Featured Research

from universities, journals, and other organizations

Nobody likes a 'fat-talker,' study shows

Date:
May 9, 2013
Source:
University of Notre Dame
Summary:
Women who engage in "fat talk" -- the self-disparaging remarks girls and women make in relation to eating, exercise or their bodies -- are less liked by their peers, a new study from the University of Notre Dame finds.

Women who engage in "fat talk" -- the self-disparaging remarks girls and women make in relation to eating, exercise or their bodies -- are less liked by their peers, a new study from the University of Notre Dame finds.

Related Articles


Led by Alexandra Corning, research associate professor of psychology and director of Notre Dame's Body Image and Eating Disorder Lab, the study was presented recently at the Midwestern Psychological Association annual conference.

In the study, college-age women were presented with a series of photos of either noticeably thin or noticeably overweight women engaging in either "fat talk" or positive body talk; they were then asked to rate the women on various dimensions, including how likeable they were.

The women in the photos were rated significantly less likeable when they made "fat talk" statements about their bodies, whether or not they were overweight. The women rated most likeable were the overweight women who made positive statements about their bodies.

"Though it has become a regular part of everyday conversation, 'fat talk' is far from innocuous," according to Corning.

"It is strongly associated with, and can even cause, body dissatisfaction, which is a known risk factor for the development of eating disorders."

Although fat talk has been thought of by psychologists as a way women may attempt to initiate and strengthen their social bonds, Corning's research finds that fat-talkers are liked less than women who make positive statements about their bodies.

"These findings are important because they raise awareness about how women actually are being perceived when they engage in this self-abasing kind of talk," Corning says.

"This knowledge can be used to help national efforts to reduce 'fat talking' on college campuses."


Story Source:

The above story is based on materials provided by University of Notre Dame. The original article was written by Susan Guibert. Note: Materials may be edited for content and length.


Cite This Page:

University of Notre Dame. "Nobody likes a 'fat-talker,' study shows." ScienceDaily. ScienceDaily, 9 May 2013. <www.sciencedaily.com/releases/2013/05/130509154547.htm>.
University of Notre Dame. (2013, May 9). Nobody likes a 'fat-talker,' study shows. ScienceDaily. Retrieved December 20, 2014 from www.sciencedaily.com/releases/2013/05/130509154547.htm
University of Notre Dame. "Nobody likes a 'fat-talker,' study shows." ScienceDaily. www.sciencedaily.com/releases/2013/05/130509154547.htm (accessed December 20, 2014).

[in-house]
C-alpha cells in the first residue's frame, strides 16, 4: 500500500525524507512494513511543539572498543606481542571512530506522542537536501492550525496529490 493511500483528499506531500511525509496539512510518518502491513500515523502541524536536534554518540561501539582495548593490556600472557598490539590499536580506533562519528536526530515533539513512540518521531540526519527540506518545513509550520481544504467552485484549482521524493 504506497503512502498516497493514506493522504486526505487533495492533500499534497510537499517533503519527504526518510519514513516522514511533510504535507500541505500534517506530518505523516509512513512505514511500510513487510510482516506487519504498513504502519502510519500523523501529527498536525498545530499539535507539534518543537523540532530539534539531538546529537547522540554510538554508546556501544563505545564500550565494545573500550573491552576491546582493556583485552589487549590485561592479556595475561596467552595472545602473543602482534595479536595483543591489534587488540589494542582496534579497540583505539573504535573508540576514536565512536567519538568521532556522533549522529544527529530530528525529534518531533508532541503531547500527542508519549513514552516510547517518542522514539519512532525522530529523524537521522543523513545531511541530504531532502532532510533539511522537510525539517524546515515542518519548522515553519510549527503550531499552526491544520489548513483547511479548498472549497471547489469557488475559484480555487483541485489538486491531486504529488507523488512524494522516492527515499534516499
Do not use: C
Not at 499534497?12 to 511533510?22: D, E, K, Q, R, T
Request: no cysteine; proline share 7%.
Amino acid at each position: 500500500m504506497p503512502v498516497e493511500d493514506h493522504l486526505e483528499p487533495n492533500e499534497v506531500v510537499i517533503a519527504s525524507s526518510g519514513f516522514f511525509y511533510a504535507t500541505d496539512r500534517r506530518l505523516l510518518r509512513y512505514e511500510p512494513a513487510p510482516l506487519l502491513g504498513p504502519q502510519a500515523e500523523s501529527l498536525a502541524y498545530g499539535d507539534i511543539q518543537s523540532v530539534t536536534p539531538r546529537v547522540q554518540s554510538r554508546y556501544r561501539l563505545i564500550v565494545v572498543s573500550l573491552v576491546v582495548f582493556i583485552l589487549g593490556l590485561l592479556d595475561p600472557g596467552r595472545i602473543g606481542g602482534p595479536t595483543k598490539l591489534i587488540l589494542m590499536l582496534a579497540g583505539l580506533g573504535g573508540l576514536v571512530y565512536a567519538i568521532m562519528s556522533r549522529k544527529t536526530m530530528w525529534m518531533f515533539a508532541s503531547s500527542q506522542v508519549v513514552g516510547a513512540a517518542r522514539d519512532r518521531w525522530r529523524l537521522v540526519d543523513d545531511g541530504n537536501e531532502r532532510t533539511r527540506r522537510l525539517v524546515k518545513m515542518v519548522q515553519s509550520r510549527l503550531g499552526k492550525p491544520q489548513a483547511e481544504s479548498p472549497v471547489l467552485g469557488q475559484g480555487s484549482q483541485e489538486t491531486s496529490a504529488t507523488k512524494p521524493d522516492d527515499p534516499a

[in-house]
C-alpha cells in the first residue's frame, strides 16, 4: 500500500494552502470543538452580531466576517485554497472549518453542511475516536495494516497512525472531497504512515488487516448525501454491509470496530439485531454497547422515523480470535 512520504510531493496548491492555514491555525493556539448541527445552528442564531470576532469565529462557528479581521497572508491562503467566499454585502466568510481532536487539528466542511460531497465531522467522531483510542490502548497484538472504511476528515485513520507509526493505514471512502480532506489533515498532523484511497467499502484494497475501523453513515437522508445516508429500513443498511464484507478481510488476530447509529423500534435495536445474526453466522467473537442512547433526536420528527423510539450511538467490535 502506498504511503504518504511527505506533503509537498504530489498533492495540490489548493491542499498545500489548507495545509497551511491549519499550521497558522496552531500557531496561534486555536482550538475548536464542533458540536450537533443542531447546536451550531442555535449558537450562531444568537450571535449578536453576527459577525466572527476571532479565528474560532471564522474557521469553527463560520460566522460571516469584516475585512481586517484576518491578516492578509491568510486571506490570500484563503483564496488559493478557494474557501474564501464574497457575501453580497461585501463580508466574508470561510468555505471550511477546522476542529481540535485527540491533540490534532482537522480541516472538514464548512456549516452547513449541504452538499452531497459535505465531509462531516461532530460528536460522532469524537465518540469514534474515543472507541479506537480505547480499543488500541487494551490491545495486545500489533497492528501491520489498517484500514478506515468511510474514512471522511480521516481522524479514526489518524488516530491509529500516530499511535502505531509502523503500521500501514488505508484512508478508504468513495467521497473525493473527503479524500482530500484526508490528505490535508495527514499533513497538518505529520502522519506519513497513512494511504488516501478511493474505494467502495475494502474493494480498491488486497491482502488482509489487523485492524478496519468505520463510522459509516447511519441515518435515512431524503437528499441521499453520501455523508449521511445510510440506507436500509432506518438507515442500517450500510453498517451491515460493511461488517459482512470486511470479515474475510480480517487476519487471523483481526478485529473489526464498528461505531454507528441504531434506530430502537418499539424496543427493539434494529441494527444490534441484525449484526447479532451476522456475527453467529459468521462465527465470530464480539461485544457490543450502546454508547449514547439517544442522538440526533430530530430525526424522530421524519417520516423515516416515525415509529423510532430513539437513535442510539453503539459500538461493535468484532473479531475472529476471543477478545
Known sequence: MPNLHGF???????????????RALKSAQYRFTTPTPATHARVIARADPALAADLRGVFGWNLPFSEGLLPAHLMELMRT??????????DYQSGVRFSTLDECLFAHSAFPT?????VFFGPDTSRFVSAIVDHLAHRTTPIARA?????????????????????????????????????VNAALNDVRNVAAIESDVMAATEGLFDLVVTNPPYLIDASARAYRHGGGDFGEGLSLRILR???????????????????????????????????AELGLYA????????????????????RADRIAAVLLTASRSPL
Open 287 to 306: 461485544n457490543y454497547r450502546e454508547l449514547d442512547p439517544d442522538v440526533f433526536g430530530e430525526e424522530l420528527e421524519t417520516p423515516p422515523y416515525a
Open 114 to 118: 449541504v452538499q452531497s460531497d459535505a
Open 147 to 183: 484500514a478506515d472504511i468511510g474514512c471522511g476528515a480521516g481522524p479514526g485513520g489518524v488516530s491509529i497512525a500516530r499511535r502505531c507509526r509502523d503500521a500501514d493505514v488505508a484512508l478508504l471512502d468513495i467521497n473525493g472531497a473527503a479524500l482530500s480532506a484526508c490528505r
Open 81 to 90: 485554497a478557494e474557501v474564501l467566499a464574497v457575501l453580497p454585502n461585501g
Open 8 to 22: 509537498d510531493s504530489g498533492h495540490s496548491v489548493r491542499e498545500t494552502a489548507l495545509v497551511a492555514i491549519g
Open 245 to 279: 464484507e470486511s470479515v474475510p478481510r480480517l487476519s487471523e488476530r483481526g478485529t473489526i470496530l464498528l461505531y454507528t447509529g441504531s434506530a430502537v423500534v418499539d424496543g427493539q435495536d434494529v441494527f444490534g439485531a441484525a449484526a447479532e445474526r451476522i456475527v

Share This


More From ScienceDaily



More Health & Medicine News

Saturday, December 20, 2014

Featured Research

from universities, journals, and other organizations


Featured Videos

from AP, Reuters, AFP, and other news services

The Best Tips to Curb Holiday Carbs

The Best Tips to Curb Holiday Carbs

Buzz60 (Dec. 19, 2014) It's hard to resist those delicious but fattening carbs we all crave during the winter months, but there are some ways to stay satisfied without consuming the extra calories. Vanessa Freeman (@VanessaFreeTV) has the details. Video provided by Buzz60
Powered by NewsLook.com
Sierra Leone Bikers Spread the Message to Fight Ebola

Sierra Leone Bikers Spread the Message to Fight Ebola

AFP (Dec. 19, 2014) More than 100 motorcyclists hit the road to spread awareness messages about Ebola. Nearly 7,000 people have now died from the virus, almost all of them in west Africa, according to the World Health Organization. Video provided by AFP
Powered by NewsLook.com
Researchers Test Colombian Village With High Alzheimer's Rates

Researchers Test Colombian Village With High Alzheimer's Rates

AFP (Dec. 19, 2014) In Yarumal, a village in N. Colombia, Alzheimer's has ravaged a disproportionately large number of families. A genetic "curse" that may pave the way for research on how to treat the disease that claims a new victim every four seconds. Duration: 02:42 Video provided by AFP
Powered by NewsLook.com
The Best Protein-Filled Foods to Energize You for the New Year

The Best Protein-Filled Foods to Energize You for the New Year

Buzz60 (Dec. 19, 2014) The new year is coming and nothing will energize you more for 2015 than protein-filled foods. Fitness and nutrition expert John Basedow (@JohnBasedow) gives his favorite high protein foods that will help you build muscle, lose fat and have endless energy. Video provided by Buzz60
Powered by NewsLook.com

Search ScienceDaily

Number of stories in archives: 140,361

Find with keyword(s):
Enter a keyword or phrase to search ScienceDaily for related topics and research stories.

Save/Print:
Share:

Breaking News:

Strange & Offbeat Stories


Health & Medicine

Mind & Brain

Living & Well

In Other News

... from NewsDaily.com

Science News

Health News

Environment News

Technology News



Save/Print:
Share:

Free Subscriptions


Get the latest science news with ScienceDaily's free email newsletters, updated daily and weekly. Or view hourly updated newsfeeds in your RSS reader:

Get Social & Mobile


Keep up to date with the latest news from ScienceDaily via social networks and mobile apps:

Have Feedback?


Tell us what you think of ScienceDaily -- we welcome both positive and negative comments. Have any problems using the site? Questions?
Mobile: iPhone Android Web
Follow: Facebook Twitter Google+
Subscribe: RSS Feeds Email Newsletters
Latest Headlines Health & Medicine Mind & Brain Space & Time Matter & Energy Computers & Math Plants & Animals Earth & Climate Fossils & Ruins